NASA scientists have been puzzling over the population of planets that appears to be shrinking. The culprit may be radiation.
There are all kinds of worlds outside our solar system. Distant alien planets, called exoplanets, could be gas giants like Jupiter, rocky balls roughly the size of our planet, or even “super-jets” as dense as cotton candy.
But there is a mysterious gap where there should be planets about 1.5 to 2 times the width of Earth.
A mysterious gap where there should be planets
Of the more than 5,000 exoplanets discovered by NASA, there are plenty of super-Earths (up to 1.6 times the width of our planet) and plenty of sub-Neptunian planets (about two to four times the diameter of Earth), but hardly any planets in between. .
“Exoplanet scientists have enough data now to say that this gap is not just a fluke. There is something going on that prevents planets from reaching and/or remaining at this size,” Jesse Christiansen, a research scientist at the California Institute of Technology and science lead for NASA’s exoplanet archive, said. In a press release on Wednesday.
Scientists believe this is because some of the sub-Neptunian planets are shrinking, losing their atmosphere and accelerating across the size gap until they become as small as giant Earths.
Christiansen’s latest research suggests that these worlds are shrinking because radiation from the planets’ cores pushes their atmospheres out into space.
the StadyA study published in The Astronomical Journal on Wednesday may solve the mystery of missing exoplanets.
The planets themselves may be pushing their atmospheres apart
Shrinking exoplanets may lack the mass (and thus gravity) to keep their atmospheres close.
However, the exact mechanism of atmospheric loss remains unclear.
The new study supports one hypothesis that scientists call “basic energy mass loss,” according to the release.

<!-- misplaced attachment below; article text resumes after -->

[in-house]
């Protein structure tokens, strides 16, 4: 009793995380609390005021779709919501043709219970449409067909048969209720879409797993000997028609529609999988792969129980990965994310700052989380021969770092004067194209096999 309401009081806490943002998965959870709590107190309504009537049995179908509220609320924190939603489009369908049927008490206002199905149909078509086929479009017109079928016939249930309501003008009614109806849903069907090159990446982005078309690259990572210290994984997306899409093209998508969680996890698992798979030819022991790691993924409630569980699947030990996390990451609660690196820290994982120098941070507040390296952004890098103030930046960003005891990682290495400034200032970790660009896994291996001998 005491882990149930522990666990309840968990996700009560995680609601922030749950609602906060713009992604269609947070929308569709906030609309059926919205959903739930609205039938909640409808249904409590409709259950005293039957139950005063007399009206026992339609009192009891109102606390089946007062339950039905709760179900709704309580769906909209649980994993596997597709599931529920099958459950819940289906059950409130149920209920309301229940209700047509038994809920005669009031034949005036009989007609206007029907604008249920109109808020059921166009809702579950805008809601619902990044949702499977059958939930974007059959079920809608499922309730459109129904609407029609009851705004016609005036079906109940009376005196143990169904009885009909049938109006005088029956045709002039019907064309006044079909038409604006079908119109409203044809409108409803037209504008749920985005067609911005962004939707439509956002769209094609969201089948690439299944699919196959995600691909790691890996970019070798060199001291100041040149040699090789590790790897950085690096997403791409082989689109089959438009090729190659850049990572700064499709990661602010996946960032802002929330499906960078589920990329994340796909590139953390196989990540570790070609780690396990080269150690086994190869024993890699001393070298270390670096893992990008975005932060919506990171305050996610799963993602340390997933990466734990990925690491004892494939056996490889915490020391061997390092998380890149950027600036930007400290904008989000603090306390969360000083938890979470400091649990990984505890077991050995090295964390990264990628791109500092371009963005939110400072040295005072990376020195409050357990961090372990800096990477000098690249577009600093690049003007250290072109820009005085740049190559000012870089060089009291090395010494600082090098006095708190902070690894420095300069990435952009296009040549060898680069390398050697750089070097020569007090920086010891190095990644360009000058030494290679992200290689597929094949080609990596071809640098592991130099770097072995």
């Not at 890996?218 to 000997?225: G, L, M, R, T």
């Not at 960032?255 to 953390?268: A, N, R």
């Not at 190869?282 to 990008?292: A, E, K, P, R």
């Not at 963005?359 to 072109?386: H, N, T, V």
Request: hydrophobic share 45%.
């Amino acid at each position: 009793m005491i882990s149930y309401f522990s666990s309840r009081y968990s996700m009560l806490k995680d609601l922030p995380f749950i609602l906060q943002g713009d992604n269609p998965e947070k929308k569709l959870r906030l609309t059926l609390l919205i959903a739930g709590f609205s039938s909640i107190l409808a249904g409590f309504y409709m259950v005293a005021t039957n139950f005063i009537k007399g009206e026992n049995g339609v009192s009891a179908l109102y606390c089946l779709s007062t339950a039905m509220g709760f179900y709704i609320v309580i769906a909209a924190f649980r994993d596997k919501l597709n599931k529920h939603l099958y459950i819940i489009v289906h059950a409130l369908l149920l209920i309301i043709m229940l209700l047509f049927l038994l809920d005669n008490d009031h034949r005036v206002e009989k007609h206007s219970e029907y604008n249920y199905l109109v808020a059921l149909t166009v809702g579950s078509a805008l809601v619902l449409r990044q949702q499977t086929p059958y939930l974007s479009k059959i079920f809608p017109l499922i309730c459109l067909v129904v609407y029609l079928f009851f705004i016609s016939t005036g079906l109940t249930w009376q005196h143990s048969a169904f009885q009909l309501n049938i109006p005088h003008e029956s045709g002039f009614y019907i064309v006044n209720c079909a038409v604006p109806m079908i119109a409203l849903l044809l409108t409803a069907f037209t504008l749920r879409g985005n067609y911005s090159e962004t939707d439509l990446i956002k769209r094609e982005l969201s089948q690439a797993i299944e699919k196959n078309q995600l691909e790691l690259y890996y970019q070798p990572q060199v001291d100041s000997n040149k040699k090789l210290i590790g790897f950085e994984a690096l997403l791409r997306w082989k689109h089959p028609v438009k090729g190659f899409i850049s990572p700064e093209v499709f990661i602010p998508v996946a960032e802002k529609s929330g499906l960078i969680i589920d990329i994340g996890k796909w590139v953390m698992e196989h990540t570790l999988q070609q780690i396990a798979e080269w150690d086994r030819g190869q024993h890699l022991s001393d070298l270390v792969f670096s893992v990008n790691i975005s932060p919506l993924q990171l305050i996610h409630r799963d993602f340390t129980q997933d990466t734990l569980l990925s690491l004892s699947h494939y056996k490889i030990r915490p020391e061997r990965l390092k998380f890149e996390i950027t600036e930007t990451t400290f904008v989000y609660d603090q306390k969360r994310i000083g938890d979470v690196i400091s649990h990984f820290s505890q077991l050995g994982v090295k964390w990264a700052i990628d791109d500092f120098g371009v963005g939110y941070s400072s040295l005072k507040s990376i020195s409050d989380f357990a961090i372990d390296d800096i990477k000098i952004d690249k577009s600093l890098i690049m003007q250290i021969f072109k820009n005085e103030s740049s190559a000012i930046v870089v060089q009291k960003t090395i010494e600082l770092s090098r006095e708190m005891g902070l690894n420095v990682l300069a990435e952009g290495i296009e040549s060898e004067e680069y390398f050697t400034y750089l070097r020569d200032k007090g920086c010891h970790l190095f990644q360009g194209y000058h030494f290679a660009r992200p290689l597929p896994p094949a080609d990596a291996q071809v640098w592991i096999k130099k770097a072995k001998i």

Losing mass with core energy is not a trendy new workout plan. This happens when the planet’s core emits radiation that pushes its atmosphere from below, causing it to separate from the planet over time, according to the release.
The other hypothesis, called photoevaporation, says that the planet’s atmosphere is dissipated by the radiation of its host star.
But photoevaporation is thought to occur when the planet is 100 million years old, and mass loss from fundamental energy could occur closer to the planet’s billionth birthday, according to the statement.
To test both hypotheses, Christiansen’s team looked at data from NASA’s retired Kepler space telescope.
They examined star clusters more than 100 million years old. Because planets are thought to be about the same age as their host stars, planets in these clusters will be large enough to undergo photoevaporation, but not large enough to lose mass with central energy.
Scientists found that most of the planets there retained their atmospheres, making mass loss from core energy a more likely cause of eventual atmosphere loss.
“However, recent work suggests a continuous sequence of mass loss in which both processes are at work,” Christiansen wrote on Platform X, formerly known as Twitter, where he shared connection For a Harvard University evaluation published online in July.
So the mystery has not been solved yet.
Her work is far from over, Christiansen said in the release, especially since our understanding of exoplanets will evolve over time.
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